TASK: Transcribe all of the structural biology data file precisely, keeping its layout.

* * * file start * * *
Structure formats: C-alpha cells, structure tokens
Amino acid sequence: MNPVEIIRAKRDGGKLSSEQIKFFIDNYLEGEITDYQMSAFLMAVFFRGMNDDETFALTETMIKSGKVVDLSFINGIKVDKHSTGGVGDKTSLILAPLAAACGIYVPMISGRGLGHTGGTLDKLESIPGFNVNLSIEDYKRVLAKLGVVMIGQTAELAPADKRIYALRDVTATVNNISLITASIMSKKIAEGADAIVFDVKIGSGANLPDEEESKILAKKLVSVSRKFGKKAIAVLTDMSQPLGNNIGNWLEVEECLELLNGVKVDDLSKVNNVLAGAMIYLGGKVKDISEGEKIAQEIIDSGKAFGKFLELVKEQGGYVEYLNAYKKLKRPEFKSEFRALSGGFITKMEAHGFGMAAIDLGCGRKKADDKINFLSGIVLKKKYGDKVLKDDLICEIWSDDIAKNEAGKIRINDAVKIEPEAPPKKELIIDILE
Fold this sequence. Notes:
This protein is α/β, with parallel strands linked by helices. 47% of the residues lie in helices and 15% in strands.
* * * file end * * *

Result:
Structure formats: C-alpha cells, structure tokens
Amino acid sequence: MNPVEIIRAKRDGGKLSSEQIKFFIDNYLEGEITDYQMSAFLMAVFFRGMNDDETFALTETMIKSGKVVDLSFINGIKVDKHSTGGVGDKTSLILAPLAAACGIYVPMISGRGLGHTGGTLDKLESIPGFNVNLSIEDYKRVLAKLGVVMIGQTAELAPADKRIYALRDVTATVNNISLITASIMSKKIAEGADAIVFDVKIGSGANLPDEEESKILAKKLVSVSRKFGKKAIAVLTDMSQPLGNNIGNWLEVEECLELLNGVKVDDLSKVNNVLAGAMIYLGGKVKDISEGEKIAQEIIDSGKAFGKFLELVKEQGGYVEYLNAYKKLKRPEFKSEFRALSGGFITKMEAHGFGMAAIDLGCGRKKADDKINFLSGIVLKKKYGDKVLKDDLICEIWSDDIAKNEAGKIRINDAVKIEPEAPPKKELIIDILE
Fold this sequence. Notes:
This protein is α/β, with parallel strands linked by helices. 47% of the residues lie in helices and 15% in strands.